5. Written communications

Sharing information is important in any business not just oral but also written. Digital communication and file sharing has taken over communication in organizations.  It now accounts for more than 60% of communication. This has made written communication a key factor in hiring.  Unfortunately, it’s also one of the applied skills lacking in the workforce. That’s why employers will look first for a candidate who writes well. This will also contribute to smooth work flow since it limits unclear directions which can lead to costly errors.

 Applied skills lacking in new hires

Leading firms have begun education and training to help close the gap on applied skills lacking in new hires.  They also encourage current employees to improve these necessary applied skills. Efforts to build applied skills along with technical skills will help balance and create candidates the employers need today.

Training can improve these missing applied skills. This will enable an employee to learn the needed skills while they work.  This will overlap with adapting to the company culture. Staff members may not consistently use some of these skills over time. So, an organization should set a stable training and learning program for both new and experienced employees to reinforce their skills.

Work With an Award-Winning Staffing Agency

Let Flexicrew Staffing do the hiring for you. Flexicrew is ready to bring your company the best employees. Contact us today to get started on working with one of the superior staffing agencies on the Gulf Coast and Southeast.

Wait….Using a Staffing Company to Find a Job?

July 31st, 2018   •   Staffing   •   no comments   

3 Misconceptions about using a Staffing Company

We all know that using multiple job search tactics significantly increases your chances of finding a job. One purpose of a staffing company is to be an awesome resource in addition to the traditional job search.

Using a staffing company can be a new and exciting experience. But there are some inaccurate misconceptions out there in regards to staffing companies! We want to set the record straight and set realistic expectations for working with one!  Here are three common misconceptions job seekers have about using a staffing company:

#1 Misconception: Staffing companies only hire employees for temporary jobs.

 

Not true: Most staffing companies hire for a variety of jobs – not just temporary positions.

In addition to temporary jobs, we also offer “Contract-to-hire” assignments, meaning that you have the opportunity to be hired by your worksite employer after going through a trial period. If your worksite employer feels like you are a great fit for the organization, they can opt to hire you directly!

We also offer “Direct Placement” assignments, which is when we assist employers with recruiting and screening for candidates to be directly placed in their organization (no trial period needed). Direct Placement is generally used when employers need help finding candidates for leadership or high-level positions.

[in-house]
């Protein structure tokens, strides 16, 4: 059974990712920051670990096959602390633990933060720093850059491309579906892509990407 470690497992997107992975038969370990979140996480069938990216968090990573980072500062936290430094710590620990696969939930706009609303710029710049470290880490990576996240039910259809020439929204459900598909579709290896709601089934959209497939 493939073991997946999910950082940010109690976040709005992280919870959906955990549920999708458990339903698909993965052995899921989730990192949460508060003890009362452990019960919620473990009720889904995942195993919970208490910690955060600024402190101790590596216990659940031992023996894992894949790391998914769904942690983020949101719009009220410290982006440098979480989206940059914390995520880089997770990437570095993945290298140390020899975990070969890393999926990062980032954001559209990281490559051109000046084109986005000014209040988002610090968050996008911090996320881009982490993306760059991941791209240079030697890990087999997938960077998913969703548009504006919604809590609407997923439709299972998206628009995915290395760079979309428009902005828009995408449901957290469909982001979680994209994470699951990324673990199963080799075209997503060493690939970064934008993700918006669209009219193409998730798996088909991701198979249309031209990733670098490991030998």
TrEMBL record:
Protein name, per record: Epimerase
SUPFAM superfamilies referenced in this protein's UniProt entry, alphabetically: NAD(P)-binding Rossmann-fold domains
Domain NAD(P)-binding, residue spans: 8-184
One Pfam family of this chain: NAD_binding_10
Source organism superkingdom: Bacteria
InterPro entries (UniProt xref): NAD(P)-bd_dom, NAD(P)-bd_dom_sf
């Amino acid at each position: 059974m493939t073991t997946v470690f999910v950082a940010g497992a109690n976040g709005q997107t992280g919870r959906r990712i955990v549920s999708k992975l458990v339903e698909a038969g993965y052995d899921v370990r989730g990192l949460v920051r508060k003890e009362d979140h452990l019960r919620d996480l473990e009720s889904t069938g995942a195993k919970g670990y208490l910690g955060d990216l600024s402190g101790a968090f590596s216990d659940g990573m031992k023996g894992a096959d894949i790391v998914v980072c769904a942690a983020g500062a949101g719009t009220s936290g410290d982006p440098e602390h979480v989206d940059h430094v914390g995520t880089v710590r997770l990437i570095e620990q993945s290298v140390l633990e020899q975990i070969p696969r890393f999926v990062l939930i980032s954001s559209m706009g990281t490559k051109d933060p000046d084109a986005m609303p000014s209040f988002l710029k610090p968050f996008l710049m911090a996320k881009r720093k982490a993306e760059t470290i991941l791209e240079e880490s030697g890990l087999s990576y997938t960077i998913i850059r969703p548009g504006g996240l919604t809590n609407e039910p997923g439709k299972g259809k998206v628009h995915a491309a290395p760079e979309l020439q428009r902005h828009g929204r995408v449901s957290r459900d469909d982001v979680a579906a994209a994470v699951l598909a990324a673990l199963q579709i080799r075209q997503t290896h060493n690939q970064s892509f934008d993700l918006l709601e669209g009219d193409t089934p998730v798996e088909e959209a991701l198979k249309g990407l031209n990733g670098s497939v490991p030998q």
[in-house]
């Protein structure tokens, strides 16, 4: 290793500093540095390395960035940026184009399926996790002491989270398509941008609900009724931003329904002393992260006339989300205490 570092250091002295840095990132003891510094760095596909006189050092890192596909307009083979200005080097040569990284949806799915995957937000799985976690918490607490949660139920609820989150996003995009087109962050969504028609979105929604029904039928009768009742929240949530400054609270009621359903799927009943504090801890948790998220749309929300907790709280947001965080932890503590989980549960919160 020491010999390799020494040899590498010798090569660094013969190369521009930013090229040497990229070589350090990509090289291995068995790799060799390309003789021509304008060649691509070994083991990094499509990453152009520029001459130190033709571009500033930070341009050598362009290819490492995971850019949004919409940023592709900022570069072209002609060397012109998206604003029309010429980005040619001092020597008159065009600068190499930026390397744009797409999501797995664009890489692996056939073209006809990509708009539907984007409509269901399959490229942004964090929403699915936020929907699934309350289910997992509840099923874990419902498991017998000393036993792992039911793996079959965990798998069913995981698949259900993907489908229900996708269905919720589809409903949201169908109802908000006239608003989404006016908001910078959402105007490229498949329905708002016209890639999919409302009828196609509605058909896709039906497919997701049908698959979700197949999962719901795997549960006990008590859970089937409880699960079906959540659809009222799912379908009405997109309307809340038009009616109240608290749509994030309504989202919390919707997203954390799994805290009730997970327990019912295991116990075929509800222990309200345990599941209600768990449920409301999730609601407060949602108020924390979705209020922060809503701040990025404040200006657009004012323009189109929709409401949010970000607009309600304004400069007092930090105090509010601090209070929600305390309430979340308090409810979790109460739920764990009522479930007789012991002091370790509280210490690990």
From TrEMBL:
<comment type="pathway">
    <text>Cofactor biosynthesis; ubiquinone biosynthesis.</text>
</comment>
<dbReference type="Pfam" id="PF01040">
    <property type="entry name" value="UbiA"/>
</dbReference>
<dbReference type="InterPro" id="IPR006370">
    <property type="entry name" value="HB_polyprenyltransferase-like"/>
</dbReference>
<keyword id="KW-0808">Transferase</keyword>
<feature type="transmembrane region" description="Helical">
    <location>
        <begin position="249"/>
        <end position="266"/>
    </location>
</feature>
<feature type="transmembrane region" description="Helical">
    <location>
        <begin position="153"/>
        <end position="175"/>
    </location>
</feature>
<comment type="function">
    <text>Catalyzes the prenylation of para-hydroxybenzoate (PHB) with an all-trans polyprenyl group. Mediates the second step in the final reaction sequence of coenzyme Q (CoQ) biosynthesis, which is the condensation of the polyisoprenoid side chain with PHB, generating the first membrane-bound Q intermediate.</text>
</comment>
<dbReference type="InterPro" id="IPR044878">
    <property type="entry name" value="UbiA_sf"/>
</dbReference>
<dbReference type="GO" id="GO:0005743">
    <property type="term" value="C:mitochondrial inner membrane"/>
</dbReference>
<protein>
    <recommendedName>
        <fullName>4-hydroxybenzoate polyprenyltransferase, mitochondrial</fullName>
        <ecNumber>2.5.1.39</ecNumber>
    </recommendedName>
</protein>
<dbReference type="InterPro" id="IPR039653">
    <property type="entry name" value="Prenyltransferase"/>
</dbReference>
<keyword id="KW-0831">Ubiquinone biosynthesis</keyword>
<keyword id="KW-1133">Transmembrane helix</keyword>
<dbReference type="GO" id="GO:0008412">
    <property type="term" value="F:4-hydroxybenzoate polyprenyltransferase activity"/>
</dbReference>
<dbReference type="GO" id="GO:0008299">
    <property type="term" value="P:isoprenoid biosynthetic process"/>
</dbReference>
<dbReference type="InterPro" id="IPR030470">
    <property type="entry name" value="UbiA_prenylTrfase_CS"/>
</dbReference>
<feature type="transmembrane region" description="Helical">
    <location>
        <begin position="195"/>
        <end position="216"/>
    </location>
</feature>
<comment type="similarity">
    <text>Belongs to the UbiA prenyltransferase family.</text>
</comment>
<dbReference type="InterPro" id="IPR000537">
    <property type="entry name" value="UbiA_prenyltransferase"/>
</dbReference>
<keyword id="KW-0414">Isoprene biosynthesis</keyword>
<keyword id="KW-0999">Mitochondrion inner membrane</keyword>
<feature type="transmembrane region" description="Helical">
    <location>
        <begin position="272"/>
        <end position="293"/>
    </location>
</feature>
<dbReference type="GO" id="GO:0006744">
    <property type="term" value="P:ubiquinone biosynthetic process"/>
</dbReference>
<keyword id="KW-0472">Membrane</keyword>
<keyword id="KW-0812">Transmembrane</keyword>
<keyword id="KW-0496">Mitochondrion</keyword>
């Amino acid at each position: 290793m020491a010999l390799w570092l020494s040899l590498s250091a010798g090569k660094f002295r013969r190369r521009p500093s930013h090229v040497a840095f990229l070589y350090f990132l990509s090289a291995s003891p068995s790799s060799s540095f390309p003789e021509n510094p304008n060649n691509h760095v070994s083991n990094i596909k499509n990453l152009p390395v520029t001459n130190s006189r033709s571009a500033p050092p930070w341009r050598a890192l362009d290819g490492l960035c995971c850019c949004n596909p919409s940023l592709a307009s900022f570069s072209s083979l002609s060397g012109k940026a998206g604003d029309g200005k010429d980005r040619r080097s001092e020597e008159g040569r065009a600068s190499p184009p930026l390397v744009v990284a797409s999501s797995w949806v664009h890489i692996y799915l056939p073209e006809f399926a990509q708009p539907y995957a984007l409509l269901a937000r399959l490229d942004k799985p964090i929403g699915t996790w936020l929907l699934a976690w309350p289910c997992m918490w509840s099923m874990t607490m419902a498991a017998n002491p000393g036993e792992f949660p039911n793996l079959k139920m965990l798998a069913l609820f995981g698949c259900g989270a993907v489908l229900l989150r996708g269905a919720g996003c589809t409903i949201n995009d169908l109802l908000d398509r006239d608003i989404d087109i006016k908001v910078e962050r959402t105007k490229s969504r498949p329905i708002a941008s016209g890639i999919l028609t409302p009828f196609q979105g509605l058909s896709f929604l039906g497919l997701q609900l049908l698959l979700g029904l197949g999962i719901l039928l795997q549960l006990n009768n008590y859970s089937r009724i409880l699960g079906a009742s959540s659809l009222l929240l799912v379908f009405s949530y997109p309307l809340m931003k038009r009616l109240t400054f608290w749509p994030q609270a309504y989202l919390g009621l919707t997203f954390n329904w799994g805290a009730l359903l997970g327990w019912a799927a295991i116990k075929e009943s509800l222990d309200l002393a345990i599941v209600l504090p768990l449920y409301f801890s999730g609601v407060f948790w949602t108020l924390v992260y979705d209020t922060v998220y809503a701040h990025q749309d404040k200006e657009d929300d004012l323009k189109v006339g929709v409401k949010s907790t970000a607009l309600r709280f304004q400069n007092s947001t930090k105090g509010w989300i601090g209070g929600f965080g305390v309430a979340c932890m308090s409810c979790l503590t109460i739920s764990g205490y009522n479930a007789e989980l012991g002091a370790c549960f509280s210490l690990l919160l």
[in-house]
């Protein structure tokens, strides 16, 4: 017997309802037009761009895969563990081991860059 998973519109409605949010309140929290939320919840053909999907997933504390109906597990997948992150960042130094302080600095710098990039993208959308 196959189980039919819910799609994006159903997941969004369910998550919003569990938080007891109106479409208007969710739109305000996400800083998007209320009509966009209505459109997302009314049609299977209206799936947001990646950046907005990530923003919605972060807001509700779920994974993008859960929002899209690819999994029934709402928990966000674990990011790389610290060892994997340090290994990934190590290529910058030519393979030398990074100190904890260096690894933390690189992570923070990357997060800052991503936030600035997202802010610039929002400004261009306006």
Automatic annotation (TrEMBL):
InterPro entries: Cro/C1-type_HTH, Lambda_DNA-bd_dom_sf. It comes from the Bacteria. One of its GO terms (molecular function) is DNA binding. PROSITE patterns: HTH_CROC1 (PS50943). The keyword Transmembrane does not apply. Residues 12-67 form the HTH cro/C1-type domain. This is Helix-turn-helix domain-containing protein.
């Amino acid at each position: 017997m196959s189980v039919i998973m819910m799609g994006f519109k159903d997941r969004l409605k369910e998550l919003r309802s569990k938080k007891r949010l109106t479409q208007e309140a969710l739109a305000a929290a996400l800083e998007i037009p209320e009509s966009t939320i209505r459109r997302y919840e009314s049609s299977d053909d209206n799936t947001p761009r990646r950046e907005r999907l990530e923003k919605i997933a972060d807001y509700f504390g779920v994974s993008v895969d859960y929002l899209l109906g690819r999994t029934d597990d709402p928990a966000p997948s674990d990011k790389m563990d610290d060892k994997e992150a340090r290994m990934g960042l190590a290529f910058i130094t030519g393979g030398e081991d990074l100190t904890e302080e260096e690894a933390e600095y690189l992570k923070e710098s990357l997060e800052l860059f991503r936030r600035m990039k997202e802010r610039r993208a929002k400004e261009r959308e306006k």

#2 Misconception: You must have the exact experience/requirements listed on the job description in order to be hired.

 

Not True: Although hiring managers do care about experience, finding an employee who is a great cultural fit is also a huge factor. Some examples of requirements on a job description that would be considered less flexible would be certain certifications (think RN or other healthcare qualifications), or if a company is looking for an experienced leader (they may want a background that shows proven leadership skills).Don’t let what you think is a lack of experience discourage you from going after the position. If the position sounds like something you would be good at, and you meet 75% of the requirements, let us help you go for it! As we said before, the hiring manager may care more about the cultural fit, and be willing to train you on the other 25% of the experience that you are missing.

#3 Misconception: A staffing service is required to find me a job.

 

Not True: A staffing agency is not the same as a “head-hunting” service.  We keep a database of candidates with a broad range of experience and skill levels in order to fill a variety of jobs. The goal is to make a perfect match for both the client and the candidate. However, we cannot guarantee employment.  We do not schedule an appointment until we feel confident your skill set is a great fit, so we are not wasting their time or yours. We are not in the business of giving false hope!

We will give nothing but our best effort, but nothing is ever guaranteed. You have nothing to lose but tons to gain by letting us help in the job search!

 

Search Flexicrew.com today or send us your resume to get started!

 

APPLY NOW!

4 Tips to Deal with Worker Shortages

June 15th, 2018   •   Recruiting   •   no comments   

Worker Shortages have Employers Scrambling